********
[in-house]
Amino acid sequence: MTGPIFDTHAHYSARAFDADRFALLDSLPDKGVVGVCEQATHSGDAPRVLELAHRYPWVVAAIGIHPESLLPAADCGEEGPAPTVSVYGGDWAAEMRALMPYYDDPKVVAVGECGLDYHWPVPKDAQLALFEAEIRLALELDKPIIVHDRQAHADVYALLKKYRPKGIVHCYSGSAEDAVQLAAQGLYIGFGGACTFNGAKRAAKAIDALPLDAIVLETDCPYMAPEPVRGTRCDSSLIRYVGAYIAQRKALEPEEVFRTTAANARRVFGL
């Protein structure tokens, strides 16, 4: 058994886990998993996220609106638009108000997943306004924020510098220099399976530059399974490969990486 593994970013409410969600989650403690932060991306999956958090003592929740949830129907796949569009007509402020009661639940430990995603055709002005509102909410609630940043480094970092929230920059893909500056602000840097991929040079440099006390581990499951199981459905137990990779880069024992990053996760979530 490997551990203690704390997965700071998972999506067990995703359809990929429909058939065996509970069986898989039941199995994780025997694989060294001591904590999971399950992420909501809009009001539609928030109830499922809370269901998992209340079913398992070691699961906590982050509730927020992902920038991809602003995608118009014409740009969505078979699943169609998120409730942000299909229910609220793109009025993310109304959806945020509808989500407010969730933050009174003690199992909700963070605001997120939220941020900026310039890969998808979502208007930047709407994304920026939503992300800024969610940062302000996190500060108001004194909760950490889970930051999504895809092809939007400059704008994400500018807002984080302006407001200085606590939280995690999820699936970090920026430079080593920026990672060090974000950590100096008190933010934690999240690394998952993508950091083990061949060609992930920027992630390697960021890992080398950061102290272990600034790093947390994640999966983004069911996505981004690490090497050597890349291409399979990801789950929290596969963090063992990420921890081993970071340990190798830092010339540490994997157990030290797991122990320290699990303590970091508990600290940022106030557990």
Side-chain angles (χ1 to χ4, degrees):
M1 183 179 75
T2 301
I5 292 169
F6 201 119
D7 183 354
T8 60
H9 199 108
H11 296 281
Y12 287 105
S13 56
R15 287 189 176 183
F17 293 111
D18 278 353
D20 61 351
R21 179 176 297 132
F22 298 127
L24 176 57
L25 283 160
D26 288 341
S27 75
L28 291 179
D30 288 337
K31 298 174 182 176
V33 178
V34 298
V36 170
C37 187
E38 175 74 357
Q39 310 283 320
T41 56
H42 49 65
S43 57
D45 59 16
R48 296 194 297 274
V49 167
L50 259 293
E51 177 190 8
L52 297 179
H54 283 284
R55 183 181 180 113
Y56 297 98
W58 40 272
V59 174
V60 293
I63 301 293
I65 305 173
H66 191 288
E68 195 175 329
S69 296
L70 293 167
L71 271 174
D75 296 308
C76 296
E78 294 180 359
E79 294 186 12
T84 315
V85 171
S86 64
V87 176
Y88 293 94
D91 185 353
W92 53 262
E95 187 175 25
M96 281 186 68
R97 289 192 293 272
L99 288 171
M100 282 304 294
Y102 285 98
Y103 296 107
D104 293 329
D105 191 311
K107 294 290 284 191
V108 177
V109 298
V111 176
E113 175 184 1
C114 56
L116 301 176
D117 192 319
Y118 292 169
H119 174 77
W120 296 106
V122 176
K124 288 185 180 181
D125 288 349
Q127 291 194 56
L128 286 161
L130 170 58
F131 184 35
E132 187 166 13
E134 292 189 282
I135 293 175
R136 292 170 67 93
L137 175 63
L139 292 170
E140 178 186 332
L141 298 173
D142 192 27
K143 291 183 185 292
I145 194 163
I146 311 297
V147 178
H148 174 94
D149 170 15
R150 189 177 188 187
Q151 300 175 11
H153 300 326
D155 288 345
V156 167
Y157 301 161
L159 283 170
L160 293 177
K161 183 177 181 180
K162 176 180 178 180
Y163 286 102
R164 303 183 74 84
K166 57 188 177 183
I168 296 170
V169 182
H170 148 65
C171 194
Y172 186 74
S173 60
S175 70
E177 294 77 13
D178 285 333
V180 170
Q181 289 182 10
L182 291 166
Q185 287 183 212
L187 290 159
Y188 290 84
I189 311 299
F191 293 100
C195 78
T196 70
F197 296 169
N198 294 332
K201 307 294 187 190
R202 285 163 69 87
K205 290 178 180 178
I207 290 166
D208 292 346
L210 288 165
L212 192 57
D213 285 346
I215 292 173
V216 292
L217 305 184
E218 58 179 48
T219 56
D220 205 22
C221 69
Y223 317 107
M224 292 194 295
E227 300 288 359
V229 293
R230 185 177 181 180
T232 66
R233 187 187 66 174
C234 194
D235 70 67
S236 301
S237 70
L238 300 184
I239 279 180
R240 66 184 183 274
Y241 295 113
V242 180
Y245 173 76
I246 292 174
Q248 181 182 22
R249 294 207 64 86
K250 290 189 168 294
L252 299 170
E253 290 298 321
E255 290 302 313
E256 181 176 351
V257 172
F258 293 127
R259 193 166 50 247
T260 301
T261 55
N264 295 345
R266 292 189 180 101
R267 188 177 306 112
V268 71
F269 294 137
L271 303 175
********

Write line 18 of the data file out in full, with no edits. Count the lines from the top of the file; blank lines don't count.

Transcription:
D20 61 351